‘Romeo and Juliet’ returns to DVC stage after a decade


Cyle Swanstrom, top right, and Atessa McAleenan-Morrell, bottom right, prepare for the struggle scene between Romeo and Tybalt with Dennis McCaffrey, top left, and James Udom, bottom left. (Sean Wilkey / The Inquirer)

After over a decade, Romeo and Juliet will once again make their appearance at the DVC theatre.

“Romeo and Juliet,” directed by Nicole Diestler, is the first production to take place this semester. Diestler has directed eight productions out of 30 that have taken place in her last six years working at the college. The last time “Romeo and Juliet” was done, it was set in a very contemporary style. Nicole, however, plans to stray away from that.

“I’m going for more of a realism perspective,” Diestler said. “I want to tackle the relationship dynamics. It will allow students to experience multifaceted relationships.”

The play is one she is very familiar with. Although it’s a piece that’s recognizable by a large amount of people, Diestler is going to portray it in a fashion that not many are familiar with.

The play will be set in A.D. 8 when the world is transitioning with the rise of Christianity. During this time, Jewish people were under the Roman Occupation and are getting caught up in their personal desires, choices, and earthy distractions. Ultimately, they are losing their focus on God.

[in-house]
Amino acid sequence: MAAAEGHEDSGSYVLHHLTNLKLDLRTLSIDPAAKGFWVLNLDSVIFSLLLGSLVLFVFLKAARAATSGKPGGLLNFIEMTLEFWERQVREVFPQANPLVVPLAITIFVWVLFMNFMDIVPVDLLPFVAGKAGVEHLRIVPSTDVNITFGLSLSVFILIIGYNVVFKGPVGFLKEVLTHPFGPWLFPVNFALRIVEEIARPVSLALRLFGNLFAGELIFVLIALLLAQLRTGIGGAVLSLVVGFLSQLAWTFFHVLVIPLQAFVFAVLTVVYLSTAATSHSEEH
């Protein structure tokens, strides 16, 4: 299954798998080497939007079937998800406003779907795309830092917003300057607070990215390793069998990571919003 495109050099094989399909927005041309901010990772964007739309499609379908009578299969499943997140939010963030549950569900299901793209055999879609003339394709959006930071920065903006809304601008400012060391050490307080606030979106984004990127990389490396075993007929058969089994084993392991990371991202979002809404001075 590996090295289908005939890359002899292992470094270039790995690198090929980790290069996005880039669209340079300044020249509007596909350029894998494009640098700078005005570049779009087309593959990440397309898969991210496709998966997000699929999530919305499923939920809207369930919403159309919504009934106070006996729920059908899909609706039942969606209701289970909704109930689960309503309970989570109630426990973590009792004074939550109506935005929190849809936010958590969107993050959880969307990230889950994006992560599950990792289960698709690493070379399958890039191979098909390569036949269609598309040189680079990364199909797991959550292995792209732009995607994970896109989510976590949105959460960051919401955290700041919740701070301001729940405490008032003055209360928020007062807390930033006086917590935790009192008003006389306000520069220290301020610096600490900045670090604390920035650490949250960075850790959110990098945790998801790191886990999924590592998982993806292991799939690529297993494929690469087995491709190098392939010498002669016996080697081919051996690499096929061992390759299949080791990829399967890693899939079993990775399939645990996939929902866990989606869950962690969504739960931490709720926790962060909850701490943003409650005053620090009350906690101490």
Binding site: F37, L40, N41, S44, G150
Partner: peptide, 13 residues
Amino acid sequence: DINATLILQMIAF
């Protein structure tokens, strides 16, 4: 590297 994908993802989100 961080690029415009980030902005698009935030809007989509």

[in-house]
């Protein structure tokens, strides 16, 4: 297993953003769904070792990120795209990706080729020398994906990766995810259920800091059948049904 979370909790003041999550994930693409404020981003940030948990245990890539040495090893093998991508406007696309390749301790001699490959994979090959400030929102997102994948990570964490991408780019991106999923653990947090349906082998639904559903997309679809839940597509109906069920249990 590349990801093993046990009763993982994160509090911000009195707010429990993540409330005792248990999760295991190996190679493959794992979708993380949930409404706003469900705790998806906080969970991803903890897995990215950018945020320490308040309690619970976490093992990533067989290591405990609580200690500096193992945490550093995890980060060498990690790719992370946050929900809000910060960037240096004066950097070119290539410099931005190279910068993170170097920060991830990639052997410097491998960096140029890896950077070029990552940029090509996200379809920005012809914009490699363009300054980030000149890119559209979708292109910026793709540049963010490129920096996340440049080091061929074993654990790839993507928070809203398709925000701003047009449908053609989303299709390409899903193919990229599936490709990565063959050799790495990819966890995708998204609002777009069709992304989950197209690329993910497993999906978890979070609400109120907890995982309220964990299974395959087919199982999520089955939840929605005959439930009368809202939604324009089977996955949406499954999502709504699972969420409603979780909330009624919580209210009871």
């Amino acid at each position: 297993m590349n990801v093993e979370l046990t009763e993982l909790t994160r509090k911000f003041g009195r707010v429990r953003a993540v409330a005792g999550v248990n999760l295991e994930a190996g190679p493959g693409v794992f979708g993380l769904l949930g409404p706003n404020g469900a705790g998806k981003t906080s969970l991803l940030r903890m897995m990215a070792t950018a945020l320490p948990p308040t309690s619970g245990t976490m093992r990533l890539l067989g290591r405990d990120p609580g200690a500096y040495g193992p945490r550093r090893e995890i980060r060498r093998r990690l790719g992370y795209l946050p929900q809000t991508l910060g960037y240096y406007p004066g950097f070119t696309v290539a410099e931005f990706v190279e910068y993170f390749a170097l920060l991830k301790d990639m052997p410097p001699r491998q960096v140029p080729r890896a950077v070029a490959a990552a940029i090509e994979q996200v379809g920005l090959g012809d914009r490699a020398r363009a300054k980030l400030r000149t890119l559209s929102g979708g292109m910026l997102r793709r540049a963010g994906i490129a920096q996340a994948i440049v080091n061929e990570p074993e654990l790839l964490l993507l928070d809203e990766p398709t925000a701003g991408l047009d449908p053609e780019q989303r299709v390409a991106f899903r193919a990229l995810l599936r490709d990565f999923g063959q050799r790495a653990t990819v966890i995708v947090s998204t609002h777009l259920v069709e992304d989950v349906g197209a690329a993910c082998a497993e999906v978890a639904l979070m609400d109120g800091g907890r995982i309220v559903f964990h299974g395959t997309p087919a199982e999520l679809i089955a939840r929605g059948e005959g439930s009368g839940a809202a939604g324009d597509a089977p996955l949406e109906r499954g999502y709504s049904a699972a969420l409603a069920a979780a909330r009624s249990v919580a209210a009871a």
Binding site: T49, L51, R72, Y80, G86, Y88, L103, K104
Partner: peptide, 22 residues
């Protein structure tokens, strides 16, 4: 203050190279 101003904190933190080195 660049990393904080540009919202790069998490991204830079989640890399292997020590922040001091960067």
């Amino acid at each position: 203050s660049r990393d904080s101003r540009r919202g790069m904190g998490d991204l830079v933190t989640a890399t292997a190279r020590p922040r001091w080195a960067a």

“I’m trying to go back in time and still keep it plausible,” Diestler said.

The Montagues and Capulets are both Jewish families; the Capulets are trying to be accepted by the Romans to preserve peace and safety.

“I set the play during a time where people are going through the realm of placing people above God,” Diestler said. “Romeo and Juliet are to be sacrificed. Both winding up dead was God’s way of claiming these two innocent lovers as sacrifice.”

Romeo will be played by James Udom and the part of Juliet will be performed by Josette Canilao.

Udom, who is currently in his third year at DVC, originally wanted the role as Tybalt.

“The production team saw something in me that I didn’t,” Udom said. “I’m extremely grateful toward them.”

Josette Canilao was just as excited to be assigned her own part.

“Who doesn’t want to be Juliet?” Canilao said. “She dies twice. She gets to fall in love. There are so many good things about the part.”

Diestler was extremely pleased with the casting choices. “I want to see students who are up for the challenge and are willing to meet the bar,” Diestler said.

Diestler herself sets up a fun atmosphere for everyone involved in the production.

Maiya Corral, who plays the part of Rosaline, performed with Diestler last Spring semester for the production “The Last Days of Judas Iscariot.”  She was thrilled to get the opportunity to work with Diestler again.

“I love performing,” Corral said. “Everyone is so passionate. Nikki takes a personal stance on the plays and it’s so much fun working with her. We all love the craft. We’re a big family.”

The show opens Oct. 14-Nov. 6. The performances will be every Friday and Saturday at 8p.m. and Sundays at 2:30 p.m.


Staff writer Zuli Mohammad contributed to this article.